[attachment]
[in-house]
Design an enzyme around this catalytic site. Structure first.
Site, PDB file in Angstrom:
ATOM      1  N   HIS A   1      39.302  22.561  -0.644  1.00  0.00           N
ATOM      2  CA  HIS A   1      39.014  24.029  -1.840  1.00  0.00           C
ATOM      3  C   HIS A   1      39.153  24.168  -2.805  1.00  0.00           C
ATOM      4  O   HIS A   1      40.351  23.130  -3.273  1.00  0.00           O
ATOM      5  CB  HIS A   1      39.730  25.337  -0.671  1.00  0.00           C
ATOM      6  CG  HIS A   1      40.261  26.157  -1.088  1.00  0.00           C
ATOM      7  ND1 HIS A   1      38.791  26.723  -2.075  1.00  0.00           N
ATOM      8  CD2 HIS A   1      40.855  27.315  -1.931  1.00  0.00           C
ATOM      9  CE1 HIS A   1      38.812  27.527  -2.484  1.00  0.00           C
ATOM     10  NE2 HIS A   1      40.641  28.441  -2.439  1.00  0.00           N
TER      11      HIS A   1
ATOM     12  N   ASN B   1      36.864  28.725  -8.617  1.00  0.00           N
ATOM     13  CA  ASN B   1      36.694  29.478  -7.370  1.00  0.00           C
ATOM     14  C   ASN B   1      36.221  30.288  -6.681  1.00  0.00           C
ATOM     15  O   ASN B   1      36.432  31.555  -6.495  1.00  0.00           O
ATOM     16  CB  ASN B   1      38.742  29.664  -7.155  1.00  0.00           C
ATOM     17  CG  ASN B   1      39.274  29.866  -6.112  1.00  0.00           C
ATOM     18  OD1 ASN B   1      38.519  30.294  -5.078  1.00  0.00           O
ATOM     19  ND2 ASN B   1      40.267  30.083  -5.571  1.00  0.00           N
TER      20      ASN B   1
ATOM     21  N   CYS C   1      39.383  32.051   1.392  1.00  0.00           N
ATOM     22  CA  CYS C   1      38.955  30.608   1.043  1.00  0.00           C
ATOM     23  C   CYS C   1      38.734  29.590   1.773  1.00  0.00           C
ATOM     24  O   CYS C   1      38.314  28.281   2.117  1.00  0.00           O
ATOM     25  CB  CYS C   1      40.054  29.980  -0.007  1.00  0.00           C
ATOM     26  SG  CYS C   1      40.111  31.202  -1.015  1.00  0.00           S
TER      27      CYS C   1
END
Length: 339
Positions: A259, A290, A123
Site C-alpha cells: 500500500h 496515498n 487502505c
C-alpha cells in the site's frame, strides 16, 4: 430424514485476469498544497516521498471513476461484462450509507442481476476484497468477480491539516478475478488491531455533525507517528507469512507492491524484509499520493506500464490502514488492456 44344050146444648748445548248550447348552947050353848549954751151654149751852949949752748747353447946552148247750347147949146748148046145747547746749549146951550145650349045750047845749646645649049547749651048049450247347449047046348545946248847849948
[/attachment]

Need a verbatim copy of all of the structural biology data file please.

[in-house]
Design an enzyme around this catalytic site. Structure first.
Site, PDB file in Angstrom:
ATOM      1  N   HIS A   1      39.302  22.561  -0.644  1.00  0.00           N
ATOM      2  CA  HIS A   1      39.014  24.029  -1.840  1.00  0.00           C
ATOM      3  C   HIS A   1      39.153  24.168  -2.805  1.00  0.00           C
ATOM      4  O   HIS A   1      40.351  23.130  -3.273  1.00  0.00           O
ATOM      5  CB  HIS A   1      39.730  25.337  -0.671  1.00  0.00           C
ATOM      6  CG  HIS A   1      40.261  26.157  -1.088  1.00  0.00           C
ATOM      7  ND1 HIS A   1      38.791  26.723  -2.075  1.00  0.00           N
ATOM      8  CD2 HIS A   1      40.855  27.315  -1.931  1.00  0.00           C
ATOM      9  CE1 HIS A   1      38.812  27.527  -2.484  1.00  0.00           C
ATOM     10  NE2 HIS A   1      40.641  28.441  -2.439  1.00  0.00           N
TER      11      HIS A   1
ATOM     12  N   ASN B   1      36.864  28.725  -8.617  1.00  0.00           N
ATOM     13  CA  ASN B   1      36.694  29.478  -7.370  1.00  0.00           C
ATOM     14  C   ASN B   1      36.221  30.288  -6.681  1.00  0.00           C
ATOM     15  O   ASN B   1      36.432  31.555  -6.495  1.00  0.00           O
ATOM     16  CB  ASN B   1      38.742  29.664  -7.155  1.00  0.00           C
ATOM     17  CG  ASN B   1      39.274  29.866  -6.112  1.00  0.00           C
ATOM     18  OD1 ASN B   1      38.519  30.294  -5.078  1.00  0.00           O
ATOM     19  ND2 ASN B   1      40.267  30.083  -5.571  1.00  0.00           N
TER      20      ASN B   1
ATOM     21  N   CYS C   1      39.383  32.051   1.392  1.00  0.00           N
ATOM     22  CA  CYS C   1      38.955  30.608   1.043  1.00  0.00           C
ATOM     23  C   CYS C   1      38.734  29.590   1.773  1.00  0.00           C
ATOM     24  O   CYS C   1      38.314  28.281   2.117  1.00  0.00           O
ATOM     25  CB  CYS C   1      40.054  29.980  -0.007  1.00  0.00           C
ATOM     26  SG  CYS C   1      40.111  31.202  -1.015  1.00  0.00           S
TER      27      CYS C   1
END
Length: 339
Positions: A259, A290, A123
Site C-alpha cells: 500500500h 496515498n 487502505c
C-alpha cells in the site's frame, strides 16, 4: 430424514485476469498544497516521498471513476461484462450509507442481476476484497468477480491539516478475478488491531455533525507517528507469512507492491524484509499520493506500464490502514488492456 44344050146444648748445548248550447348552947050353848549954751151654149751852949949752748747353447946552148247750347147949146748148046145747547746749549146951550145650349045750047845749646645649049547749651048049450247347449047046348545946248847849948